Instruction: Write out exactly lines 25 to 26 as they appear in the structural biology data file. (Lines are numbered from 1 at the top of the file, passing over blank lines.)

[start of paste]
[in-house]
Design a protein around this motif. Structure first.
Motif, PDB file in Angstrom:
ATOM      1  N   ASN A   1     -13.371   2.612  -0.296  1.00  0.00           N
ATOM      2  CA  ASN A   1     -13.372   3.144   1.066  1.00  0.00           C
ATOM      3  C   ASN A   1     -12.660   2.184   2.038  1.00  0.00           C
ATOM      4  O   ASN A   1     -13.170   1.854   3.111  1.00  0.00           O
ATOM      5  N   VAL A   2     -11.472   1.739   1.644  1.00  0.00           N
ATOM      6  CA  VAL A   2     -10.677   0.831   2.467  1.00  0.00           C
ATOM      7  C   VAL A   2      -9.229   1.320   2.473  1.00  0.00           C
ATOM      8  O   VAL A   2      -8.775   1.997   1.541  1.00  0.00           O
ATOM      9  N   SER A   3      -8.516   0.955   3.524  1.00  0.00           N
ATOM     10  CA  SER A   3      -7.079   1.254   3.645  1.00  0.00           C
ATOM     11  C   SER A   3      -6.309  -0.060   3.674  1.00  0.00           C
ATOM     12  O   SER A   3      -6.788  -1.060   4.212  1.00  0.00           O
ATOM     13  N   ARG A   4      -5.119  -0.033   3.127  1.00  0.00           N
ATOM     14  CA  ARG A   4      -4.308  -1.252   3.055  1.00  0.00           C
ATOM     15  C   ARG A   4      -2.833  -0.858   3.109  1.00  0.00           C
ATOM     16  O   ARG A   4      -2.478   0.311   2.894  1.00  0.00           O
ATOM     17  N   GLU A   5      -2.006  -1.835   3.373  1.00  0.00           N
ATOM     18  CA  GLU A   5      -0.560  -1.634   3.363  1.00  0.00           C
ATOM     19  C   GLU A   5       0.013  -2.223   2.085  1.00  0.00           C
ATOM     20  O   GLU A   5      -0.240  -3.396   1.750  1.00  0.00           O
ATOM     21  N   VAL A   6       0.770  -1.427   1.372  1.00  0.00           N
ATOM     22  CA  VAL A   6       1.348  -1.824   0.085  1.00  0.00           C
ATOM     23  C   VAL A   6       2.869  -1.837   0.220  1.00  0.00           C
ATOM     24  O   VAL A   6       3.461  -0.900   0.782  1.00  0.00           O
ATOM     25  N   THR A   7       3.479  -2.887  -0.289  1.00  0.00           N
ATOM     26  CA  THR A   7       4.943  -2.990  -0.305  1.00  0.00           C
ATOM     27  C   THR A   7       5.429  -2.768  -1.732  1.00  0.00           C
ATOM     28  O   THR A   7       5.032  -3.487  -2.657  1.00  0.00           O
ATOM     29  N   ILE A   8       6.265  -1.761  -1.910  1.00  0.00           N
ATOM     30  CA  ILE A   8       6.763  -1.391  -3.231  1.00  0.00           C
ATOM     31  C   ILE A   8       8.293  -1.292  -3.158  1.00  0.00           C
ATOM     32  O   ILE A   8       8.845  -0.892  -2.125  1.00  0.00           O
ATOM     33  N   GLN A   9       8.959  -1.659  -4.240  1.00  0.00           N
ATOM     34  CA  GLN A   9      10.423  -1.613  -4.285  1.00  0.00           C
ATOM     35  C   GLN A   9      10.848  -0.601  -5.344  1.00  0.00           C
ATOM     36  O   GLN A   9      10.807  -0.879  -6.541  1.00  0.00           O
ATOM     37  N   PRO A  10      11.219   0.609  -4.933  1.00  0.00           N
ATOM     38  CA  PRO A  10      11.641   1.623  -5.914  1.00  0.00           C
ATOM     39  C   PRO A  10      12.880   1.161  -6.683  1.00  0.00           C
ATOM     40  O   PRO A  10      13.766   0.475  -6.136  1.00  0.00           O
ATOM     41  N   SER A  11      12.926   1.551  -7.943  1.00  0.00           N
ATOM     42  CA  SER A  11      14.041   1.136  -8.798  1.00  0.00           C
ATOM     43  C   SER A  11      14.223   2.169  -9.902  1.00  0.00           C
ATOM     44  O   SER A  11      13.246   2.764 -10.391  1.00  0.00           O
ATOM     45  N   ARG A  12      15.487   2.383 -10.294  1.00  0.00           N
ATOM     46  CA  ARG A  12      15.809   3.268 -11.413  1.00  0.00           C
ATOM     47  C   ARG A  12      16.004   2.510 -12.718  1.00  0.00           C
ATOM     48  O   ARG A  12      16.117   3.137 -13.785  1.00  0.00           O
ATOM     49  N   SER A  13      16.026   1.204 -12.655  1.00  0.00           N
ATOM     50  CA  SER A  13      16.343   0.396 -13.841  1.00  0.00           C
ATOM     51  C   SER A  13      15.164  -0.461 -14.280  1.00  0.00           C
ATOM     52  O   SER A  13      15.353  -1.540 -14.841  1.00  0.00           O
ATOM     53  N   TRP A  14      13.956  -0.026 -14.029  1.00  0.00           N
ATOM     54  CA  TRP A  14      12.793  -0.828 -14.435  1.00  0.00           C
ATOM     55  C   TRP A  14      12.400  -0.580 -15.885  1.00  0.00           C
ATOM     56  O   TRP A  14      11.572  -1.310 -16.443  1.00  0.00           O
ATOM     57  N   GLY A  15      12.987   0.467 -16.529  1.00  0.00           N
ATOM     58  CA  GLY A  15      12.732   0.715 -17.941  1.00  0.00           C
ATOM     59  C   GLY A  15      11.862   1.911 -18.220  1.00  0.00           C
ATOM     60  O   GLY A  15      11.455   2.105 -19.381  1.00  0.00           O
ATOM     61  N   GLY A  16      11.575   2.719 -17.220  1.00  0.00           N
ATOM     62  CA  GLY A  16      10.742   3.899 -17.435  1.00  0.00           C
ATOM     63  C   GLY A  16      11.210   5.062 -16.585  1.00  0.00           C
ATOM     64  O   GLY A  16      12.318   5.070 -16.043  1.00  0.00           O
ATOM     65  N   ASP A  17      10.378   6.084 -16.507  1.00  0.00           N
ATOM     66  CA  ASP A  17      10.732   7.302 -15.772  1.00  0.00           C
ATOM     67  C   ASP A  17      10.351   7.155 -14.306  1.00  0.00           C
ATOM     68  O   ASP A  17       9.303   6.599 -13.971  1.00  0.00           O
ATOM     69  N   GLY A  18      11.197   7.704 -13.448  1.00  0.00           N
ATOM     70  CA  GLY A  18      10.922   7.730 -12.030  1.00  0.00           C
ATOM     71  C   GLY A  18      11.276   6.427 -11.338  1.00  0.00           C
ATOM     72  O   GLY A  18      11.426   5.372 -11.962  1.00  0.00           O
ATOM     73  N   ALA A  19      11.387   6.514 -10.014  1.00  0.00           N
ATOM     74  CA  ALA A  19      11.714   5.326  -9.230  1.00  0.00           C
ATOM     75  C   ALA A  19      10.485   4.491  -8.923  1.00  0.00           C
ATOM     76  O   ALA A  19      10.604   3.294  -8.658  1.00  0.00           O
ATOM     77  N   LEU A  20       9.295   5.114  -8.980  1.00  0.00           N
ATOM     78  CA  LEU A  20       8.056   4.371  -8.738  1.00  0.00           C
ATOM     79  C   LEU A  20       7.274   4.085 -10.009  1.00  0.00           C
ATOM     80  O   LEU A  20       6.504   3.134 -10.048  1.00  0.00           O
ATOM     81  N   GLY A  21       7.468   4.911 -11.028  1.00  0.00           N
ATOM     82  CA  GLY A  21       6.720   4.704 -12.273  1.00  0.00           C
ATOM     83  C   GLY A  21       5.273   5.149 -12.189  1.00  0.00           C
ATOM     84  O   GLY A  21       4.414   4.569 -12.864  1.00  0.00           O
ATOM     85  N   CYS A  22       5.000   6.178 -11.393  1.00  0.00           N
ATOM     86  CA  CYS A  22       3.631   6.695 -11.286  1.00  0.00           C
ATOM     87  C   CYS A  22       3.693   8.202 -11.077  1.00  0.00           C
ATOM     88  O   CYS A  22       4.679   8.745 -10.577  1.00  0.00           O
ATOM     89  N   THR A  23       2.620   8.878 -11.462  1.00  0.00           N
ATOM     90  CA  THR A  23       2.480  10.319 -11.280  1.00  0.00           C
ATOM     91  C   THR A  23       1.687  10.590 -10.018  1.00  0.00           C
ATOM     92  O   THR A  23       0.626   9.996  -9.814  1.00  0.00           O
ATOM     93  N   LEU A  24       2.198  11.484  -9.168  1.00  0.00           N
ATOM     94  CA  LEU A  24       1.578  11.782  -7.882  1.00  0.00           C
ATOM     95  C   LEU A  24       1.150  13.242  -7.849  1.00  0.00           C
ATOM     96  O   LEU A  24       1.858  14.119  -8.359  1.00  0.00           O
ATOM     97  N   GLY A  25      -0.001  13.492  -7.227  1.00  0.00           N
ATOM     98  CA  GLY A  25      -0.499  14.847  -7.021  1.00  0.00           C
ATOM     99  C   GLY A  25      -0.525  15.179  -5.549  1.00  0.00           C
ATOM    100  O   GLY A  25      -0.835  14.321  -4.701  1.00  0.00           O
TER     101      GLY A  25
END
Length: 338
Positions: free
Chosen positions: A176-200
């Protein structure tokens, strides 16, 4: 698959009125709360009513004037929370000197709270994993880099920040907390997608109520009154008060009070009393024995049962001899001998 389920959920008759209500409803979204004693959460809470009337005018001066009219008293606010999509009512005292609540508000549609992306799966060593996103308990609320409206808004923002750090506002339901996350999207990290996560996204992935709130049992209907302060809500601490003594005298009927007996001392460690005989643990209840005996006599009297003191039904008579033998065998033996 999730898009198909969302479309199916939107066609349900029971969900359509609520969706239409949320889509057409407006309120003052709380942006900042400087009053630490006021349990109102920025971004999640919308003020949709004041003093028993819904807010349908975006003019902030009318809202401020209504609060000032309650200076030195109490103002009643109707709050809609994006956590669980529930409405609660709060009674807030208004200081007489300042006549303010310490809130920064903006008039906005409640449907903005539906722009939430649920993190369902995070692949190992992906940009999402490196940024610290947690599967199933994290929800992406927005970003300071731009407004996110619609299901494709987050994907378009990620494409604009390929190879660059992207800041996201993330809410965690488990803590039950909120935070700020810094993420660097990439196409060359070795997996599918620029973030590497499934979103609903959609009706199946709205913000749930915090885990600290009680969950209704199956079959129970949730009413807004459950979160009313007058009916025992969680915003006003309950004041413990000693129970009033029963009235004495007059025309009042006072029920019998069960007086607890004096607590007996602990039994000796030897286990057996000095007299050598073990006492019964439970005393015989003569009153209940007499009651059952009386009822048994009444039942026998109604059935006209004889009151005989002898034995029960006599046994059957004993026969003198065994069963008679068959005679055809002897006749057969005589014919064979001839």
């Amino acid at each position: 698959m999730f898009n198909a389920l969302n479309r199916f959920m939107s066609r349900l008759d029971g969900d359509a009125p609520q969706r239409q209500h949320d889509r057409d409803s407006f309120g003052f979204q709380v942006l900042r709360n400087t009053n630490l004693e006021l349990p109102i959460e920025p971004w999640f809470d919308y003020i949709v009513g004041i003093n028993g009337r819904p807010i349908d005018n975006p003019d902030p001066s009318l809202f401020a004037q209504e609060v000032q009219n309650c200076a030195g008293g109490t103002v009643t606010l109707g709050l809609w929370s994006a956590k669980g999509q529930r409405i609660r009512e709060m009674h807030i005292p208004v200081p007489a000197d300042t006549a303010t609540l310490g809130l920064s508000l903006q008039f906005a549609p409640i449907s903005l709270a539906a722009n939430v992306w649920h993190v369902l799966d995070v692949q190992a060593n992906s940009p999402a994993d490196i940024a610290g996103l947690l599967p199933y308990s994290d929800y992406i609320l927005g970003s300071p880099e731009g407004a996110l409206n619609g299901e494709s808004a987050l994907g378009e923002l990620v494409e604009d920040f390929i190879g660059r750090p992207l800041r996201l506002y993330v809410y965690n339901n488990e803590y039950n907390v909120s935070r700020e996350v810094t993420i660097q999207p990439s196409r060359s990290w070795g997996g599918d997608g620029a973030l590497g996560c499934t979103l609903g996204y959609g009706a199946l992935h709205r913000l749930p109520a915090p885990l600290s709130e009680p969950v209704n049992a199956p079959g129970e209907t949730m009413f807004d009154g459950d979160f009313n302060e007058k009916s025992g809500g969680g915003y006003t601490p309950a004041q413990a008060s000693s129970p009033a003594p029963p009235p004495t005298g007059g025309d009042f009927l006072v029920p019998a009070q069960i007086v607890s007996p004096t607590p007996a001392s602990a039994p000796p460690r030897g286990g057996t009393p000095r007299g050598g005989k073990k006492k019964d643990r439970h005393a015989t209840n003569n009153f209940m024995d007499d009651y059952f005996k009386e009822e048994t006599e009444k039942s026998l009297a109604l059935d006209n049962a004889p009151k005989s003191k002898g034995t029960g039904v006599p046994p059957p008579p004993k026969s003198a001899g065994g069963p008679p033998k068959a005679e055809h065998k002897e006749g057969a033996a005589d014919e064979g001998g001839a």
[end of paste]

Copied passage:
ATOM     22  CA  VAL A   6       1.348  -1.824   0.085  1.00  0.00           C
ATOM     23  C   VAL A   6       2.869  -1.837   0.220  1.00  0.00           C